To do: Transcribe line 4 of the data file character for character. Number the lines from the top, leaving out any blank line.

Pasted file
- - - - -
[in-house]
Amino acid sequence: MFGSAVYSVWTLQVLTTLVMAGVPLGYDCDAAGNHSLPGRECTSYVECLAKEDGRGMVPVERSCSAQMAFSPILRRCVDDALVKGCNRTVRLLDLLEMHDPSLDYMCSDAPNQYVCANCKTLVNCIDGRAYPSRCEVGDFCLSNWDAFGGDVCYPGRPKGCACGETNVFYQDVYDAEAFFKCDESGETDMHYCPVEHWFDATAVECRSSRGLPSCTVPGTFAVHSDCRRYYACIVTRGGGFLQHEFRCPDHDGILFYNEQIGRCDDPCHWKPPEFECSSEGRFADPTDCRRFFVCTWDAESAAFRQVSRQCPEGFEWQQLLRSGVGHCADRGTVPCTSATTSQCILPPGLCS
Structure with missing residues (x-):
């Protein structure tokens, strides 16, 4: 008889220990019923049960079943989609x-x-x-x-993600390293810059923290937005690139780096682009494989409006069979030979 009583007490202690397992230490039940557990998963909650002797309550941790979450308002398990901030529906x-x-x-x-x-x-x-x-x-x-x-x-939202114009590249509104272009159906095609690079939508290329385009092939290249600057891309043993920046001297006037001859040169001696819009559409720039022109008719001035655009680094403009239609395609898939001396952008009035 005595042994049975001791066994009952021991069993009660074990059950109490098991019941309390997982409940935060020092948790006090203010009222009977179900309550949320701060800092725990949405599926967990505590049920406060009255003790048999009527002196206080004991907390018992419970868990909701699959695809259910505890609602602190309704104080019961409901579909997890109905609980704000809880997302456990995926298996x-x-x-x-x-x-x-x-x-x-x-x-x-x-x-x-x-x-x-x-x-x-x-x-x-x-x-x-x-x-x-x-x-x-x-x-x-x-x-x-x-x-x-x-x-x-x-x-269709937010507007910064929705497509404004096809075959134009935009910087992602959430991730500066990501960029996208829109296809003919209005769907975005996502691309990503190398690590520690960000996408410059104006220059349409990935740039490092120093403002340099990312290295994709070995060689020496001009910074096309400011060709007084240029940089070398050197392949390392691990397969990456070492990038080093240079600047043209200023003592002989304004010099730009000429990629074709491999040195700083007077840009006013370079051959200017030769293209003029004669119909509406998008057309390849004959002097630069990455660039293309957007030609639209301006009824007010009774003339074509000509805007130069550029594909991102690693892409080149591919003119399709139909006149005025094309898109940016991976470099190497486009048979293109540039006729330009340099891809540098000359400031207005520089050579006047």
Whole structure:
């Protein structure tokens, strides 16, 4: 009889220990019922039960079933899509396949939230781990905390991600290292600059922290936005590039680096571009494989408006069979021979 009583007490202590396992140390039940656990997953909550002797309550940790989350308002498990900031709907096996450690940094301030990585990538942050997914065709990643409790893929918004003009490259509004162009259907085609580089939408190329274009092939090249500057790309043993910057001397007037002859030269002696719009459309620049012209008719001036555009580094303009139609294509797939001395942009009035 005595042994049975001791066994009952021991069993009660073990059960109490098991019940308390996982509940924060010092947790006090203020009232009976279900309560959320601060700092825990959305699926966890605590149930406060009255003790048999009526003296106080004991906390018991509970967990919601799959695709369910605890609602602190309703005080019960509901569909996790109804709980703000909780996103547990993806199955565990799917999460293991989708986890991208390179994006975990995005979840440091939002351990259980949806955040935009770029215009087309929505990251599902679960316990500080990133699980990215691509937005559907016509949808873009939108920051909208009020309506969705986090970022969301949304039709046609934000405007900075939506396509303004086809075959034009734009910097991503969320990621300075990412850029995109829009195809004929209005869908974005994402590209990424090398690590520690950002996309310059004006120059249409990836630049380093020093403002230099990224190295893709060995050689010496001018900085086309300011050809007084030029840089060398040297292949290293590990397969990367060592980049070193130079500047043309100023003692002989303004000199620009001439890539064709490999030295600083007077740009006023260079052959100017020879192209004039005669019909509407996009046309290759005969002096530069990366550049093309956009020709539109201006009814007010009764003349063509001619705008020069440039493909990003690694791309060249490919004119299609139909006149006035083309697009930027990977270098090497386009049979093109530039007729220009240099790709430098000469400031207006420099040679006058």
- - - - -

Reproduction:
């Protein structure tokens, strides 16, 4: 008889220990019923049960079943989609x-x-x-x-993600390293810059923290937005690139780096682009494989409006069979030979 009583007490202690397992230490039940557990998963909650002797309550941790979450308002398990901030529906x-x-x-x-x-x-x-x-x-x-x-x-939202114009590249509104272009159906095609690079939508290329385009092939290249600057891309043993920046001297006037001859040169001696819009559409720039022109008719001035655009680094403009239609395609898939001396952008009035 005595042994049975001791066994009952021991069993009660074990059950109490098991019941309390997982409940935060020092948790006090203010009222009977179900309550949320701060800092725990949405599926967990505590049920406060009255003790048999009527002196206080004991907390018992419970868990909701699959695809259910505890609602602190309704104080019961409901579909997890109905609980704000809880997302456990995926298996x-x-x-x-x-x-x-x-x-x-x-x-x-x-x-x-x-x-x-x-x-x-x-x-x-x-x-x-x-x-x-x-x-x-x-x-x-x-x-x-x-x-x-x-x-x-x-x-269709937010507007910064929705497509404004096809075959134009935009910087992602959430991730500066990501960029996208829109296809003919209005769907975005996502691309990503190398690590520690960000996408410059104006220059349409990935740039490092120093403002340099990312290295994709070995060689020496001009910074096309400011060709007084240029940089070398050197392949390392691990397969990456070492990038080093240079600047043209200023003592002989304004010099730009000429990629074709491999040195700083007077840009006013370079051959200017030769293209003029004669119909509406998008057309390849004959002097630069990455660039293309957007030609639209301006009824007010009774003339074509000509805007130069550029594909991102690693892409080149591919003119399709139909006149005025094309898109940016991976470099190497486009048979293109540039006729330009340099891809540098000359400031207005520089050579006047």